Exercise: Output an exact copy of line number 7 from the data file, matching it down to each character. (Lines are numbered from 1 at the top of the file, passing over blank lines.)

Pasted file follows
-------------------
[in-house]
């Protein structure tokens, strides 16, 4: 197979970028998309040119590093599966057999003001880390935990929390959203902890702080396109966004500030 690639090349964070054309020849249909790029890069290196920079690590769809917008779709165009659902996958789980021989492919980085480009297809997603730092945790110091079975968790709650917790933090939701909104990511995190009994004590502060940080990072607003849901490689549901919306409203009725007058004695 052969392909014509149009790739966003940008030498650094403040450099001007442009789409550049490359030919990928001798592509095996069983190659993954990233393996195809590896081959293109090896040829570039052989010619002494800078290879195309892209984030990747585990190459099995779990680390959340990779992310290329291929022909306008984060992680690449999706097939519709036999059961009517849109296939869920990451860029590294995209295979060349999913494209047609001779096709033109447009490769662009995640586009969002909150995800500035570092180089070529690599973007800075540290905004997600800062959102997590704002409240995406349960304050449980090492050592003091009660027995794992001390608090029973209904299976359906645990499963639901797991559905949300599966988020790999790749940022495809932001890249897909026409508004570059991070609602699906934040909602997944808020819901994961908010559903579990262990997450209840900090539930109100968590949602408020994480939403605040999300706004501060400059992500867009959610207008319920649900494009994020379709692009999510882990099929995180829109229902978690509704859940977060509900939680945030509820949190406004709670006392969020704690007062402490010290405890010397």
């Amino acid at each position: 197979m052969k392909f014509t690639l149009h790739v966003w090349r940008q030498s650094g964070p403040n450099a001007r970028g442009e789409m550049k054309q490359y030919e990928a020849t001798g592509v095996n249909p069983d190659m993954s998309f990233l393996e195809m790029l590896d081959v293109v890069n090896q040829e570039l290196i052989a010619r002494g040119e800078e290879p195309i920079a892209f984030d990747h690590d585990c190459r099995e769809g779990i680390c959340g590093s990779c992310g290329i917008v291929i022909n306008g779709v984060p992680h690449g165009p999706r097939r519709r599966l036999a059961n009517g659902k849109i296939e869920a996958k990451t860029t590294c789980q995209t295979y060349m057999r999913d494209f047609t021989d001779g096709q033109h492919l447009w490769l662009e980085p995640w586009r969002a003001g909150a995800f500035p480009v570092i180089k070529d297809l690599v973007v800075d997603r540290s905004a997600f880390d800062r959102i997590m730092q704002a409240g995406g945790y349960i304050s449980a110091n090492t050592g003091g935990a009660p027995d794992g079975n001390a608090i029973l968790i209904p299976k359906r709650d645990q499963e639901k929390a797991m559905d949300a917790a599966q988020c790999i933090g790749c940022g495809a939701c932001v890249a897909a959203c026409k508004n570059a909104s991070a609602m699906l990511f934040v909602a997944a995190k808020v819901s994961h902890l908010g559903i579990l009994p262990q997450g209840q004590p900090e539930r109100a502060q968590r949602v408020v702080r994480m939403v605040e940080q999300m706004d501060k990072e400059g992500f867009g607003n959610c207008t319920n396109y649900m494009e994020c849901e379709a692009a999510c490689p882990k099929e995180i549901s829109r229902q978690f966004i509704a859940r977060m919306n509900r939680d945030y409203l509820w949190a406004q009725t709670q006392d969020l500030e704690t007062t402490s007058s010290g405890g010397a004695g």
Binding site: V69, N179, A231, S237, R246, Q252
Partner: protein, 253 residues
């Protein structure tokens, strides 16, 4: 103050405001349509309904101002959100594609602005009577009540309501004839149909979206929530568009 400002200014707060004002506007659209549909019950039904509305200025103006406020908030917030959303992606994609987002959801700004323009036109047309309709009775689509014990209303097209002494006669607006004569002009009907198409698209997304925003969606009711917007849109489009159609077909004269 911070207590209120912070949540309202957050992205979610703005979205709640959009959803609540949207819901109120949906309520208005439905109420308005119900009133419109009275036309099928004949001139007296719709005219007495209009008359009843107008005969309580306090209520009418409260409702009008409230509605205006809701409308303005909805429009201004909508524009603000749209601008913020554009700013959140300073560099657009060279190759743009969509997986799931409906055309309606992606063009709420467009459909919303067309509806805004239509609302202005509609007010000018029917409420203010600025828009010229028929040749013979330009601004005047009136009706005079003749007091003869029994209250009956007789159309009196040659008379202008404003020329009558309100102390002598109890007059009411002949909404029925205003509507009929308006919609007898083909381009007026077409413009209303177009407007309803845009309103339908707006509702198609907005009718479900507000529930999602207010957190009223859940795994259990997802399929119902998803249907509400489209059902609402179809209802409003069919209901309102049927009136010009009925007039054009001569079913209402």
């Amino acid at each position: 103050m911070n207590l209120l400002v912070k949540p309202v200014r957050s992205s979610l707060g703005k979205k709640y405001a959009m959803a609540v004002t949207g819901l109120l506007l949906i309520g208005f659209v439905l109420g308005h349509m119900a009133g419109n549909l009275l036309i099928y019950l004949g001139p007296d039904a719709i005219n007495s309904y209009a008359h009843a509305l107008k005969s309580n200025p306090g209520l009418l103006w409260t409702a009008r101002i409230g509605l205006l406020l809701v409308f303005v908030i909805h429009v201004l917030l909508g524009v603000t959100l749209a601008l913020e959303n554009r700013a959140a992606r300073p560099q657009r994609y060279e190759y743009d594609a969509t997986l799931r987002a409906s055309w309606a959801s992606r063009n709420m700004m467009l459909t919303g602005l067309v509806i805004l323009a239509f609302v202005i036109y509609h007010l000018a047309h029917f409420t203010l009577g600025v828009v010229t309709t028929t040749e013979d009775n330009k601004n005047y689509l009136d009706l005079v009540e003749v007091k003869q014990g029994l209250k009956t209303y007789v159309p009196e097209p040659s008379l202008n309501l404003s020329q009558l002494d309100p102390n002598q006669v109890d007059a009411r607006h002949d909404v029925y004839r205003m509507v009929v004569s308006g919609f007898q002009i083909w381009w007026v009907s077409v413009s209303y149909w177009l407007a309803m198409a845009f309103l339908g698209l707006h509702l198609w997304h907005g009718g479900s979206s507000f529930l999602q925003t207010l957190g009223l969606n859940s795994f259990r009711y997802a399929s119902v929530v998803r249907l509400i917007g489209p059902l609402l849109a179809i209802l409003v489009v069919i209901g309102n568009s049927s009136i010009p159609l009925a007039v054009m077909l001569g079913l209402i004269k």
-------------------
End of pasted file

């Amino acid at each position: 103050m911070n207590l209120l400002v912070k949540p309202v200014r957050s992205s979610l707060g703005k979205k709640y405001a959009m959803a609540v004002t949207g819901l109120l506007l949906i309520g208005f659209v439905l109420g308005h349509m119900a009133g419109n549909l009275l036309i099928y019950l004949g001139p007296d039904a719709i005219n007495s309904y209009a008359h009843a509305l107008k005969s309580n200025p306090g209520l009418l103006w409260t409702a009008r101002i409230g509605l205006l406020l809701v409308f303005v908030i909805h429009v201004l917030l909508g524009v603000t959100l749209a601008l913020e959303n554009r700013a959140a992606r300073p560099q657009r994609y060279e190759y743009d594609a969509t997986l799931r987002a409906s055309w309606a959801s992606r063009n709420m700004m467009l459909t919303g602005l067309v509806i805004l323009a239509f609302v202005i036109y509609h007010l000018a047309h029917f409420t203010l009577g600025v828009v010229t309709t028929t040749e013979d009775n330009k601004n005047y689509l009136d009706l005079v009540e003749v007091k003869q014990g029994l209250k009956t209303y007789v159309p009196e097209p040659s008379l202008n309501l404003s020329q009558l002494d309100p102390n002598q006669v109890d007059a009411r607006h002949d909404v029925y004839r205003m509507v009929v004569s308006g919609f007898q002009i083909w381009w007026v009907s077409v413009s209303y149909w177009l407007a309803m198409a845009f309103l339908g698209l707006h509702l198609w997304h907005g009718g479900s979206s507000f529930l999602q925003t207010l957190g009223l969606n859940s795994f259990r009711y997802a399929s119902v929530v998803r249907l509400i917007g489209p059902l609402l849109a179809i209802l409003v489009v069919i209901g309102n568009s049927s009136i010009p159609l009925a007039v054009m077909l001569g079913l209402i004269k």